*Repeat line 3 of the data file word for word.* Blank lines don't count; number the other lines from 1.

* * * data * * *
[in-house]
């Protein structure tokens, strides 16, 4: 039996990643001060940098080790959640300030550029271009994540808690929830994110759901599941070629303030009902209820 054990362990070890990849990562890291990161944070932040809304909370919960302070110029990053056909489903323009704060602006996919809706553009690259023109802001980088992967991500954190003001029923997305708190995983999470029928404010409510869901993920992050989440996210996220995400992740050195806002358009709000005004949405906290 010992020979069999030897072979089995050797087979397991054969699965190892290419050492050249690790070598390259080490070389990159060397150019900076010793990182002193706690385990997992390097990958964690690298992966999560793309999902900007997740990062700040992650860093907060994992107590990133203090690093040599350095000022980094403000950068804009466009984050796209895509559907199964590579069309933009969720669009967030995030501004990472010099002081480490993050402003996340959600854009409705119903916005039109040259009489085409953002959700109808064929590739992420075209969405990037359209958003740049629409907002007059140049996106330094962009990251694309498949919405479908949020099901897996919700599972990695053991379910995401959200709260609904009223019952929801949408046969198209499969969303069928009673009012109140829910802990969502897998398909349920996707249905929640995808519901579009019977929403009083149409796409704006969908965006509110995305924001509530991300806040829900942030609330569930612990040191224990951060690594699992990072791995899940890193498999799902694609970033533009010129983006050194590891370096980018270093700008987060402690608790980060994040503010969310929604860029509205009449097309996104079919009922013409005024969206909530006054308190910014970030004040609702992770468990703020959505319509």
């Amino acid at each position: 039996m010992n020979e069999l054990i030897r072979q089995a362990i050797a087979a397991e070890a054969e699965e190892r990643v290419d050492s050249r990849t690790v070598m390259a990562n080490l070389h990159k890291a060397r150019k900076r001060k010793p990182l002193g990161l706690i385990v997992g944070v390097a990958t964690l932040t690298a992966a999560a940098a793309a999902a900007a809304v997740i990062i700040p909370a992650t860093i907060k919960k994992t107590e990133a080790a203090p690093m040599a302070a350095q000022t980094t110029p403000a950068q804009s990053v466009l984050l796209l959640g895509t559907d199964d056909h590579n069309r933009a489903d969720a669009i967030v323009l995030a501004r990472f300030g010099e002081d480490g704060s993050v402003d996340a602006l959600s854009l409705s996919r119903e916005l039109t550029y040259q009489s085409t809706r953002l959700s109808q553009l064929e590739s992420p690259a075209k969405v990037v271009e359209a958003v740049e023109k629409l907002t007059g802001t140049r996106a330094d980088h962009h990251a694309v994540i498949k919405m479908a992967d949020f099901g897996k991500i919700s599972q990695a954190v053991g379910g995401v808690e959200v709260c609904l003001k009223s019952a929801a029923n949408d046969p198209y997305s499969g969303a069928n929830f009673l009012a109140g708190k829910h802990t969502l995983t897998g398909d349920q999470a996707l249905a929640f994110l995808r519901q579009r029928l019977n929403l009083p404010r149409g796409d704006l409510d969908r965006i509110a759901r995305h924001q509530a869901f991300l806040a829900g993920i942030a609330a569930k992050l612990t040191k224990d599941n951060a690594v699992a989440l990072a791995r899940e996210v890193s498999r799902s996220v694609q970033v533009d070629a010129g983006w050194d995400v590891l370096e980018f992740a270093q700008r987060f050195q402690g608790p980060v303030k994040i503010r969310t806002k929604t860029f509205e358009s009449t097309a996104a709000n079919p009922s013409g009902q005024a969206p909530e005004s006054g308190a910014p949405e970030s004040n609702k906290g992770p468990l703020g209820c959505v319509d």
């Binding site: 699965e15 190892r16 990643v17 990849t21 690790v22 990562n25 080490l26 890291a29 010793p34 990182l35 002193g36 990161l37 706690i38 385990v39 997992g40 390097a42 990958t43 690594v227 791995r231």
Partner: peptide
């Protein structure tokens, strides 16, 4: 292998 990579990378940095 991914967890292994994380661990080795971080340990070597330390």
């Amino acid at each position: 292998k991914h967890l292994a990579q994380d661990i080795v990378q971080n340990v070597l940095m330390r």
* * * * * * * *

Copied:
């Amino acid at each position: 039996m010992n020979e069999l054990i030897r072979q089995a362990i050797a087979a397991e070890a054969e699965e190892r990643v290419d050492s050249r990849t690790v070598m390259a990562n080490l070389h990159k890291a060397r150019k900076r001060k010793p990182l002193g990161l706690i385990v997992g944070v390097a990958t964690l932040t690298a992966a999560a940098a793309a999902a900007a809304v997740i990062i700040p909370a992650t860093i907060k919960k994992t107590e990133a080790a203090p690093m040599a302070a350095q000022t980094t110029p403000a950068q804009s990053v466009l984050l796209l959640g895509t559907d199964d056909h590579n069309r933009a489903d969720a669009i967030v323009l995030a501004r990472f300030g010099e002081d480490g704060s993050v402003d996340a602006l959600s854009l409705s996919r119903e916005l039109t550029y040259q009489s085409t809706r953002l959700s109808q553009l064929e590739s992420p690259a075209k969405v990037v271009e359209a958003v740049e023109k629409l907002t007059g802001t140049r996106a330094d980088h962009h990251a694309v994540i498949k919405m479908a992967d949020f099901g897996k991500i919700s599972q990695a954190v053991g379910g995401v808690e959200v709260c609904l003001k009223s019952a929801a029923n949408d046969p198209y997305s499969g969303a069928n929830f009673l009012a109140g708190k829910h802990t969502l995983t897998g398909d349920q999470a996707l249905a929640f994110l995808r519901q579009r029928l019977n929403l009083p404010r149409g796409d704006l409510d969908r965006i509110a759901r995305h924001q509530a869901f991300l806040a829900g993920i942030a609330a569930k992050l612990t040191k224990d599941n951060a690594v699992a989440l990072a791995r899940e996210v890193s498999r799902s996220v694609q970033v533009d070629a010129g983006w050194d995400v590891l370096e980018f992740a270093q700008r987060f050195q402690g608790p980060v303030k994040i503010r969310t806002k929604t860029f509205e358009s009449t097309a996104a709000n079919p009922s013409g009902q005024a969206p909530e005004s006054g308190a910014p949405e970030s004040n609702k906290g992770p468990l703020g209820c959505v319509d």